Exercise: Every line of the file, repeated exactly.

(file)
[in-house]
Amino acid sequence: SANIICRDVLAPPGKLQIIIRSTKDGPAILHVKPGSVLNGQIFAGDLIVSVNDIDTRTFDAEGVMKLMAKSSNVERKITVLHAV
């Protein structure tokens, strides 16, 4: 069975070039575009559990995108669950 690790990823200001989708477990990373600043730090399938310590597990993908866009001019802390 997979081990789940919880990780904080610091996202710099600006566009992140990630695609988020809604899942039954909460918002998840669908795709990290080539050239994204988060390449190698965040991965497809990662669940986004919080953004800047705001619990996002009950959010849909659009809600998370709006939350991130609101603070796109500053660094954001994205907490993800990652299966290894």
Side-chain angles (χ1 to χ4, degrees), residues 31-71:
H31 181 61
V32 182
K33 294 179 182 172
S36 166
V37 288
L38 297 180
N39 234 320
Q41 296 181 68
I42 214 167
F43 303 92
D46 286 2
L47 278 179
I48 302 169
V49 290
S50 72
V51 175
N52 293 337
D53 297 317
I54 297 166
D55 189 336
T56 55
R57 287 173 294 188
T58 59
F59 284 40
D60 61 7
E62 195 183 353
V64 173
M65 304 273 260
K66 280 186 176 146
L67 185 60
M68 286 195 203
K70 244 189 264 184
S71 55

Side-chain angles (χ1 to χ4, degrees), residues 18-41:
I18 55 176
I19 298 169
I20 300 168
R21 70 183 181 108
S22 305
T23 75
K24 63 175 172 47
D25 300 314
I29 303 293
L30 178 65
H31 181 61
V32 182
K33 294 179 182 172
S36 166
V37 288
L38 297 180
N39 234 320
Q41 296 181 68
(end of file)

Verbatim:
[in-house]
Amino acid sequence: SANIICRDVLAPPGKLQIIIRSTKDGPAILHVKPGSVLNGQIFAGDLIVSVNDIDTRTFDAEGVMKLMAKSSNVERKITVLHAV
């Protein structure tokens, strides 16, 4: 069975070039575009559990995108669950 690790990823200001989708477990990373600043730090399938310590597990993908866009001019802390 997979081990789940919880990780904080610091996202710099600006566009992140990630695609988020809604899942039954909460918002998840669908795709990290080539050239994204988060390449190698965040991965497809990662669940986004919080953004800047705001619990996002009950959010849909659009809600998370709006939350991130609101603070796109500053660094954001994205907490993800990652299966290894």
Side-chain angles (χ1 to χ4, degrees), residues 31-71:
H31 181 61
V32 182
K33 294 179 182 172
S36 166
V37 288
L38 297 180
N39 234 320
Q41 296 181 68
I42 214 167
F43 303 92
D46 286 2
L47 278 179
I48 302 169
V49 290
S50 72
V51 175
N52 293 337
D53 297 317
I54 297 166
D55 189 336
T56 55
R57 287 173 294 188
T58 59
F59 284 40
D60 61 7
E62 195 183 353
V64 173
M65 304 273 260
K66 280 186 176 146
L67 185 60
M68 286 195 203
K70 244 189 264 184
S71 55

Side-chain angles (χ1 to χ4, degrees), residues 18-41:
I18 55 176
I19 298 169
I20 300 168
R21 70 183 181 108
S22 305
T23 75
K24 63 175 172 47
D25 300 314
I29 303 293
L30 178 65
H31 181 61
V32 182
K33 294 179 182 172
S36 166
V37 288
L38 297 180
N39 234 320
Q41 296 181 68